Police forced conspiracy theorist to delete Telegram channel: report
The police forced a conspiracy theorist to delete a Telegram channel and closed down two other channels via a confiscated phone belonging to an administrator, BNR reports based on an official police report. Experts believe this is an abuse of power, they said to the broadcaster.
The channels involved are "Herhaling RPJ/Verboden video uitzendingen," "Bataafse Republiek," and "Bataafse Nieuws." They contained inciting and threatening messages and videos aimed at implementers of the coronavirus policy, among others. In October, the Public Prosecution Service (OM) said it took down the channels in a press release.
The OM said that the administrator of channel "Herhaling RPJ" had voluntarily removed it. But according to BNR, the police report shows something different. It shows that two officers visited the administrator's home on October 8. While there, the cops called the public prosecutor, who threatened the man with criminal prosecution if he did not remove the channel immediately. The police watched him do it, and one took a photo for the police report. "The purpose of the visit was to ensure that no further anti-government-related messages would be disseminated through this Telegram channel," the service sergeant wrote in the report.
In the October press release, the OM said that the other two channels were blocked, but not how it happened. According to BNR, a later published ruling by the examining magistrate showed that the police officers blocked the channels themselves on the confiscated phone of the administrator Wouter Raatgever. The man was in custody for sedition and threats, so the police had his phone. They also had his access code because Raatgever wanted to show them messages as evidence in another case, according to the broadcaster.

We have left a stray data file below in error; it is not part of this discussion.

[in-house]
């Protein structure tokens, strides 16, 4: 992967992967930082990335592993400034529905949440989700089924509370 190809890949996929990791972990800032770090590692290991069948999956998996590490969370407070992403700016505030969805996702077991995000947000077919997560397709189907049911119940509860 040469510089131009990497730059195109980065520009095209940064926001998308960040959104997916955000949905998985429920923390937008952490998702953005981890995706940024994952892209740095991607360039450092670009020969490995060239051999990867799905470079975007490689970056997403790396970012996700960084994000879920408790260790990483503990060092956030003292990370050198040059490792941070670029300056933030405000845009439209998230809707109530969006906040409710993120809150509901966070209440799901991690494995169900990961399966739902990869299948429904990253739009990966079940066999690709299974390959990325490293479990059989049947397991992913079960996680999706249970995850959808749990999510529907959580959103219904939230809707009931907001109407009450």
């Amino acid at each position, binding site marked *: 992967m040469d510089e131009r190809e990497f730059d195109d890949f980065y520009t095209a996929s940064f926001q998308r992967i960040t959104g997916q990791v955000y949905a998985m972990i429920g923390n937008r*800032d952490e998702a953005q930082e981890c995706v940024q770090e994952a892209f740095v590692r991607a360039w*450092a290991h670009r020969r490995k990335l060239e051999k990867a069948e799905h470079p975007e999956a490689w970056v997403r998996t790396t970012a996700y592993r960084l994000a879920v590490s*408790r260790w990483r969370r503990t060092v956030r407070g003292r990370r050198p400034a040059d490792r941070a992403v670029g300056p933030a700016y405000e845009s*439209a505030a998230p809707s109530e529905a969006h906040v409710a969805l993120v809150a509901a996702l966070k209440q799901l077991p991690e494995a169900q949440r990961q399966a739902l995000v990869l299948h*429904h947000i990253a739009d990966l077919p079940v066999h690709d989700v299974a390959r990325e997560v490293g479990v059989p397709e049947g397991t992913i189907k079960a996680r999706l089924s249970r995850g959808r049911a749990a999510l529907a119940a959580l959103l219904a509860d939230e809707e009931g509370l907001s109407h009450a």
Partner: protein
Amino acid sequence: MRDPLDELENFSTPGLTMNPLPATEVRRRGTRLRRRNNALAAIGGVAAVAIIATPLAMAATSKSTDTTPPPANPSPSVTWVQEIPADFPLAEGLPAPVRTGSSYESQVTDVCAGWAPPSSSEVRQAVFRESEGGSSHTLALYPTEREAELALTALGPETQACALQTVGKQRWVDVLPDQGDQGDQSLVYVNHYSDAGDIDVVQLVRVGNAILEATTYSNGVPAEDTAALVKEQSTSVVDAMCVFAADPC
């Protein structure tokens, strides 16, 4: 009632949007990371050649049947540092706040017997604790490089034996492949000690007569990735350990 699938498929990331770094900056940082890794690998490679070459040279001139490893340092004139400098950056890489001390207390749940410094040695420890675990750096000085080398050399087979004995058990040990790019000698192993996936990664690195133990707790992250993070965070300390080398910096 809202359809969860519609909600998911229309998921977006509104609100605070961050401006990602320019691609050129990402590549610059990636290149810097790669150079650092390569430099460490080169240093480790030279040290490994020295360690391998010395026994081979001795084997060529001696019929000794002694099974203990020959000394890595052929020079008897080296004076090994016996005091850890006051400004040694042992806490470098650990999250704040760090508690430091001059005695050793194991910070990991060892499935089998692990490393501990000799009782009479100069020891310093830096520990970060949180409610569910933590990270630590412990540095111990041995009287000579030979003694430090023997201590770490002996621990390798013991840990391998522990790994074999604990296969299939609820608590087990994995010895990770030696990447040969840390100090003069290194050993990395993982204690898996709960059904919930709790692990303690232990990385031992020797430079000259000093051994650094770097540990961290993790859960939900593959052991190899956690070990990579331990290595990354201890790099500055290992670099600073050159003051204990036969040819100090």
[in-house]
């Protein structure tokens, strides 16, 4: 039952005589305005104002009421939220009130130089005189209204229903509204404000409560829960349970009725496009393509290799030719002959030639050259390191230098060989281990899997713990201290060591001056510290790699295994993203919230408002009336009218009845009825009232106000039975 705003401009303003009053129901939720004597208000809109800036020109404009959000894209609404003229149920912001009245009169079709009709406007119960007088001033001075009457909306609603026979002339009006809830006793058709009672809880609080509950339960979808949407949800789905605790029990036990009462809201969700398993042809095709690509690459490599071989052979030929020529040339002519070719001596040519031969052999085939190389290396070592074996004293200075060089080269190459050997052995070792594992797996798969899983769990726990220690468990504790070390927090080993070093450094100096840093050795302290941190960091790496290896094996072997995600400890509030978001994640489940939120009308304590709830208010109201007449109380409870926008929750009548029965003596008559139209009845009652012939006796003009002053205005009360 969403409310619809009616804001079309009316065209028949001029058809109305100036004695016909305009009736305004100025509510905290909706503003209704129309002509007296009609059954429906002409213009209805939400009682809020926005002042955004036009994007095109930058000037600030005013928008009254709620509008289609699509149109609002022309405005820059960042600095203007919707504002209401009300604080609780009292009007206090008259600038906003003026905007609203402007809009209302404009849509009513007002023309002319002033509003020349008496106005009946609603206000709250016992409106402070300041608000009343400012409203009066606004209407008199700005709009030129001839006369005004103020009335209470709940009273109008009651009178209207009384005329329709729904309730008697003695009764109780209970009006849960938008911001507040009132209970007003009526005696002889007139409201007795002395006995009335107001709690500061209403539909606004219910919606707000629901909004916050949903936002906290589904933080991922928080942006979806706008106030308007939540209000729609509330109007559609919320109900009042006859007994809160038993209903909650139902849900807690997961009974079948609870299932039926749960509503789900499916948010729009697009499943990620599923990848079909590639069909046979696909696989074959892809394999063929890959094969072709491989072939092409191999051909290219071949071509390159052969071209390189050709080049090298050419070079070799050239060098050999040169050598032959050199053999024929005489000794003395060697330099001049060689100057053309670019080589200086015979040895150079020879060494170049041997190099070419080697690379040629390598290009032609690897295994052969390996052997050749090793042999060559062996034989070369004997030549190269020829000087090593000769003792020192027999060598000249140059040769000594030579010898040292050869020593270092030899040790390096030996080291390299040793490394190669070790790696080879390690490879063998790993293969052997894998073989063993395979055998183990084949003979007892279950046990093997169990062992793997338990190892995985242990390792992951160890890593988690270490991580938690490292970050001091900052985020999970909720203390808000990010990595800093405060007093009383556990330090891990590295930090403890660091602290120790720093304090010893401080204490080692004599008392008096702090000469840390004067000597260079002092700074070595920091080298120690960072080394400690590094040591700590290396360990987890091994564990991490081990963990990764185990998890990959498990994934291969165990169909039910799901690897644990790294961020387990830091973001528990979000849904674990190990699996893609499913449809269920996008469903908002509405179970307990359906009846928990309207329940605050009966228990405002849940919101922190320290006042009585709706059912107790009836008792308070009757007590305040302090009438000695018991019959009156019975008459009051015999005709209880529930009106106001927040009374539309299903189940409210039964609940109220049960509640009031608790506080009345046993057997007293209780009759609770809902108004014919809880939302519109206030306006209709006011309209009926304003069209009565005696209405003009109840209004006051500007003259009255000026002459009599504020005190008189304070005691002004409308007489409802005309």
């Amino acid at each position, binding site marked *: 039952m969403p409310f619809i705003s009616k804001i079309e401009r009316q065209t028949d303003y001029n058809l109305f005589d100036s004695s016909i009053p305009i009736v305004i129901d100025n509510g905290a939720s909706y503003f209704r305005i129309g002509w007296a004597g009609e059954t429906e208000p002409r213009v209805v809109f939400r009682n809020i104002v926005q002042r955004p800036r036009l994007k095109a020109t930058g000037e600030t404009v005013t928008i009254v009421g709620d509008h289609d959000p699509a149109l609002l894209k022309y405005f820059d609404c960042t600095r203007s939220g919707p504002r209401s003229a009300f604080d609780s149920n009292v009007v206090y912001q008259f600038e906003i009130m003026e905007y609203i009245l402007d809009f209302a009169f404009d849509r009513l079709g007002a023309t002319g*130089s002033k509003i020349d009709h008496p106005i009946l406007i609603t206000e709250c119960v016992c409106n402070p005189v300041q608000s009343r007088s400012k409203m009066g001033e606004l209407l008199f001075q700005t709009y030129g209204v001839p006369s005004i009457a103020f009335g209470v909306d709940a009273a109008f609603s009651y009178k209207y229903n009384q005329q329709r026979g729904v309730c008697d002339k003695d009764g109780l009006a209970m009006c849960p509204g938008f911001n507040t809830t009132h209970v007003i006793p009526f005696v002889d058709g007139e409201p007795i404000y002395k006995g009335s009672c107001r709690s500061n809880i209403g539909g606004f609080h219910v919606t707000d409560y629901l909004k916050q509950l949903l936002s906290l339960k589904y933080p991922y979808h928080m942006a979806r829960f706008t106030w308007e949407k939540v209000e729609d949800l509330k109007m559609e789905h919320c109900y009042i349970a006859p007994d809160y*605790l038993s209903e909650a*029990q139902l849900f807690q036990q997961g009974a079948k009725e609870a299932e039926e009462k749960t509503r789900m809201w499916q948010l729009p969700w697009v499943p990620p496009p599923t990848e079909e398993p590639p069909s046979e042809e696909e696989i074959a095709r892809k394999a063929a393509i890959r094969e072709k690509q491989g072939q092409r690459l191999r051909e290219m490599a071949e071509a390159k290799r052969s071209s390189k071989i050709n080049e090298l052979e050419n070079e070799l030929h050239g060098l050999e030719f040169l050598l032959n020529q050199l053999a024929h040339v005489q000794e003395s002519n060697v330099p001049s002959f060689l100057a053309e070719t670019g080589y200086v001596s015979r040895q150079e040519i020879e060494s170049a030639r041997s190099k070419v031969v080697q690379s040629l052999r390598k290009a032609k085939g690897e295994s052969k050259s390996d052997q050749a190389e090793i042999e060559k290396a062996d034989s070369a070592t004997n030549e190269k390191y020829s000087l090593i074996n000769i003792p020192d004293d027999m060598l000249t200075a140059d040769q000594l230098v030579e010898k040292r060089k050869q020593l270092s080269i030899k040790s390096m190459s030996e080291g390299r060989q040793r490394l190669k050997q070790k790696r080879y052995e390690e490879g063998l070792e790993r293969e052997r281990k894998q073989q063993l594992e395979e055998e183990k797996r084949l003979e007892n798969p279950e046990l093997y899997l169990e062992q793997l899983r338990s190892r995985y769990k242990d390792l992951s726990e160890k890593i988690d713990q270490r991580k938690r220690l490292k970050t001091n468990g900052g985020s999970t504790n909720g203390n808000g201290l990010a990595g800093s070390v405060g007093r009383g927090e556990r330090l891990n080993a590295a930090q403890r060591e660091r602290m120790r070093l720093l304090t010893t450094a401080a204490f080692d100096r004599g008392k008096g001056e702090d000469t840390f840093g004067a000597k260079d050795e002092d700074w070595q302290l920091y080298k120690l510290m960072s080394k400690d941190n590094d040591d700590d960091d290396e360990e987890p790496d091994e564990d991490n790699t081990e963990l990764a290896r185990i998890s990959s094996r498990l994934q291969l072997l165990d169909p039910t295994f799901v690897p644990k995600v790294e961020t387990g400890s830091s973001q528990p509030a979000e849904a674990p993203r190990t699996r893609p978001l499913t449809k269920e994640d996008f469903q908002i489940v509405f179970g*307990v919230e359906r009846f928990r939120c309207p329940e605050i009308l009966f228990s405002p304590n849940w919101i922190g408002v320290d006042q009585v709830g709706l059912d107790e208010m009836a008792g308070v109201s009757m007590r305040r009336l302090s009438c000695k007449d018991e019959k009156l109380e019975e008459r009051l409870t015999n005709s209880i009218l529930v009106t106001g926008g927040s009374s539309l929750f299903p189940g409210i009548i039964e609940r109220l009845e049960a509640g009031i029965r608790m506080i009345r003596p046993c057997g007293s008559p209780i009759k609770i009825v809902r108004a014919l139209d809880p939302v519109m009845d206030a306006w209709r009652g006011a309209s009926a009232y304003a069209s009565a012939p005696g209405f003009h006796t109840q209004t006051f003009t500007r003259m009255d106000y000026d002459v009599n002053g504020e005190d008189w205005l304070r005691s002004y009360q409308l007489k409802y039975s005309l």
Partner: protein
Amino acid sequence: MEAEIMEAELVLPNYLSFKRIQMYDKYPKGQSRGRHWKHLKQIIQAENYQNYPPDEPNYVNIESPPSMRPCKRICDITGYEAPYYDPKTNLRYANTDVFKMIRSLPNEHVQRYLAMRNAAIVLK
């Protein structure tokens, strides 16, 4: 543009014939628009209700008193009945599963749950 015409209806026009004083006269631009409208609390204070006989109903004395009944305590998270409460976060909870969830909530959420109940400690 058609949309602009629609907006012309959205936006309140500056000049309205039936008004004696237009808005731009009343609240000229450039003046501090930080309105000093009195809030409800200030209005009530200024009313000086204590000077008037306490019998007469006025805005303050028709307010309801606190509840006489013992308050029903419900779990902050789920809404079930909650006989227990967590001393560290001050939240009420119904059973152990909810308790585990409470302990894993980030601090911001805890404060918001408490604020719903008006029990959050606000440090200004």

Raatgever's lawyer, Max Vermeij, called this an abuse of power. "The law does not state that the police can do it themselves. A prosecutor can order a communication service provider to make certain data inaccessible. But what has now happened is that the prosecutor asked the examining magistrate for authorization to have the channels closed by a police officer. Permission was given for that, which is completely against the law," he said to BNR.
Experts BNR spoke to agree that the Prosecutor went beyond its reach in this case. Frederik Zuideerveel Borgesius, professor of IT & Law, confirmed the law requires the OM to go to the service provider - Telegram - to block access to data. "There doesn't seem to be any urgency in this case. I also feel very uncomfortable with the law being stretched like that by the judiciary."